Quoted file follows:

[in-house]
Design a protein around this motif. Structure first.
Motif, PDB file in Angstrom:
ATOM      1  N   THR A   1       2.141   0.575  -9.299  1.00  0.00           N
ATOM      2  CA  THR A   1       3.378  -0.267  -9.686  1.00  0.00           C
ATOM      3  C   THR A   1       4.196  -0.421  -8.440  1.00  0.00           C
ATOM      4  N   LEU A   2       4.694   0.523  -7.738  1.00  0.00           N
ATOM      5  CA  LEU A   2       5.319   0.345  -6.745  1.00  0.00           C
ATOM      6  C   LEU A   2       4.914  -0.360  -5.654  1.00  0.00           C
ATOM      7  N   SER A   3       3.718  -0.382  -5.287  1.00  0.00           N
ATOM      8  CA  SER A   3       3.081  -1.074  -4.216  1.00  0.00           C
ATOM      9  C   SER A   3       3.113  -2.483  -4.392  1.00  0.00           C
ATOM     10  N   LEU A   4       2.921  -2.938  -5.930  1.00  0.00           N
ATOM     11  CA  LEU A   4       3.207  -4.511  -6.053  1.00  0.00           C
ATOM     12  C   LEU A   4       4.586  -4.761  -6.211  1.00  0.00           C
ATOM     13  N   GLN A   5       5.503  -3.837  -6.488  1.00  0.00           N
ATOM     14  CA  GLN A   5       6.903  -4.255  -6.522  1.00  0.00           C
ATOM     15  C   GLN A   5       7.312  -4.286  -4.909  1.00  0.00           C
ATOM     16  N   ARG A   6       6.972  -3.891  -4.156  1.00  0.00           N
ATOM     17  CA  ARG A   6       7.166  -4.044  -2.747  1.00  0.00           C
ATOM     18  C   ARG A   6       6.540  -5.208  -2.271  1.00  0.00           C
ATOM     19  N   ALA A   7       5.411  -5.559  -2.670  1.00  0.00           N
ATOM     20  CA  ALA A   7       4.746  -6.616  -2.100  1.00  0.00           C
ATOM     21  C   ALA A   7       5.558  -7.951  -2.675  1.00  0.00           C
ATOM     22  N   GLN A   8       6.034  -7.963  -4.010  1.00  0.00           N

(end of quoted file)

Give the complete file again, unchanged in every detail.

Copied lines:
[in-house]
Design a protein around this motif. Structure first.
Motif, PDB file in Angstrom:
ATOM      1  N   THR A   1       2.141   0.575  -9.299  1.00  0.00           N
ATOM      2  CA  THR A   1       3.378  -0.267  -9.686  1.00  0.00           C
ATOM      3  C   THR A   1       4.196  -0.421  -8.440  1.00  0.00           C
ATOM      4  N   LEU A   2       4.694   0.523  -7.738  1.00  0.00           N
ATOM      5  CA  LEU A   2       5.319   0.345  -6.745  1.00  0.00           C
ATOM      6  C   LEU A   2       4.914  -0.360  -5.654  1.00  0.00           C
ATOM      7  N   SER A   3       3.718  -0.382  -5.287  1.00  0.00           N
ATOM      8  CA  SER A   3       3.081  -1.074  -4.216  1.00  0.00           C
ATOM      9  C   SER A   3       3.113  -2.483  -4.392  1.00  0.00           C
ATOM     10  N   LEU A   4       2.921  -2.938  -5.930  1.00  0.00           N
ATOM     11  CA  LEU A   4       3.207  -4.511  -6.053  1.00  0.00           C
ATOM     12  C   LEU A   4       4.586  -4.761  -6.211  1.00  0.00           C
ATOM     13  N   GLN A   5       5.503  -3.837  -6.488  1.00  0.00           N
ATOM     14  CA  GLN A   5       6.903  -4.255  -6.522  1.00  0.00           C
ATOM     15  C   GLN A   5       7.312  -4.286  -4.909  1.00  0.00           C
ATOM     16  N   ARG A   6       6.972  -3.891  -4.156  1.00  0.00           N
ATOM     17  CA  ARG A   6       7.166  -4.044  -2.747  1.00  0.00           C
ATOM     18  C   ARG A   6       6.540  -5.208  -2.271  1.00  0.00           C
ATOM     19  N   ALA A   7       5.411  -5.559  -2.670  1.00  0.00           N
ATOM     20  CA  ALA A   7       4.746  -6.616  -2.100  1.00  0.00           C
ATOM     21  C   ALA A   7       5.558  -7.951  -2.675  1.00  0.00           C
ATOM     22  N   GLN A   8       6.034  -7.963  -4.010  1.00  0.00           N